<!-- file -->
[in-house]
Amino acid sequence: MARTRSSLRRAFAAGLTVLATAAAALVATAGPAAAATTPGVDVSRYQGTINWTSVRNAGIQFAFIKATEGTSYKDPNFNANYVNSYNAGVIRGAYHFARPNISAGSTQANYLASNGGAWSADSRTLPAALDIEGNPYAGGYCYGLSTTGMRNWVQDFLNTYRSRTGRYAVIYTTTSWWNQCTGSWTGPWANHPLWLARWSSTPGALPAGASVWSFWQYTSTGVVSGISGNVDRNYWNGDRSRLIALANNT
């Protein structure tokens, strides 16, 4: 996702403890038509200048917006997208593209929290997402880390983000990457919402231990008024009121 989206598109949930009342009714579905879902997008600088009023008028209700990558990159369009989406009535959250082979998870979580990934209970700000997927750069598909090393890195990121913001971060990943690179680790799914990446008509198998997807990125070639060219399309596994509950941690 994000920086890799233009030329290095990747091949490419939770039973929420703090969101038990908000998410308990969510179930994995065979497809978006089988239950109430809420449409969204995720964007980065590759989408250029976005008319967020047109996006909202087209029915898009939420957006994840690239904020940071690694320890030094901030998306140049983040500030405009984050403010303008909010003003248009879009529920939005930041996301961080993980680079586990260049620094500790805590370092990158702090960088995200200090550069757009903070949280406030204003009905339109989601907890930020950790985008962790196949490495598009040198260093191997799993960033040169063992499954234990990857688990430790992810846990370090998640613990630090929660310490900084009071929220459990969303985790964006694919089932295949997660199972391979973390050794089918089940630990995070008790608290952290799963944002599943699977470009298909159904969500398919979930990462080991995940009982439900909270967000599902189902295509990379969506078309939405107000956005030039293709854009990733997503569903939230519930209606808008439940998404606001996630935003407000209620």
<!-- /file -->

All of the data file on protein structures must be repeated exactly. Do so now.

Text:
[in-house]
Amino acid sequence: MARTRSSLRRAFAAGLTVLATAAAALVATAGPAAAATTPGVDVSRYQGTINWTSVRNAGIQFAFIKATEGTSYKDPNFNANYVNSYNAGVIRGAYHFARPNISAGSTQANYLASNGGAWSADSRTLPAALDIEGNPYAGGYCYGLSTTGMRNWVQDFLNTYRSRTGRYAVIYTTTSWWNQCTGSWTGPWANHPLWLARWSSTPGALPAGASVWSFWQYTSTGVVSGISGNVDRNYWNGDRSRLIALANNT
């Protein structure tokens, strides 16, 4: 996702403890038509200048917006997208593209929290997402880390983000990457919402231990008024009121 989206598109949930009342009714579905879902997008600088009023008028209700990558990159369009989406009535959250082979998870979580990934209970700000997927750069598909090393890195990121913001971060990943690179680790799914990446008509198998997807990125070639060219399309596994509950941690 994000920086890799233009030329290095990747091949490419939770039973929420703090969101038990908000998410308990969510179930994995065979497809978006089988239950109430809420449409969204995720964007980065590759989408250029976005008319967020047109996006909202087209029915898009939420957006994840690239904020940071690694320890030094901030998306140049983040500030405009984050403010303008909010003003248009879009529920939005930041996301961080993980680079586990260049620094500790805590370092990158702090960088995200200090550069757009903070949280406030204003009905339109989601907890930020950790985008962790196949490495598009040198260093191997799993960033040169063992499954234990990857688990430790992810846990370090998640613990630090929660310490900084009071929220459990969303985790964006694919089932295949997660199972391979973390050794089918089940630990995070008790608290952290799963944002599943699977470009298909159904969500398919979930990462080991995940009982439900909270967000599902189902295509990379969506078309939405107000956005030039293709854009990733997503569903939230519930209606808008439940998404606001996630935003407000209620």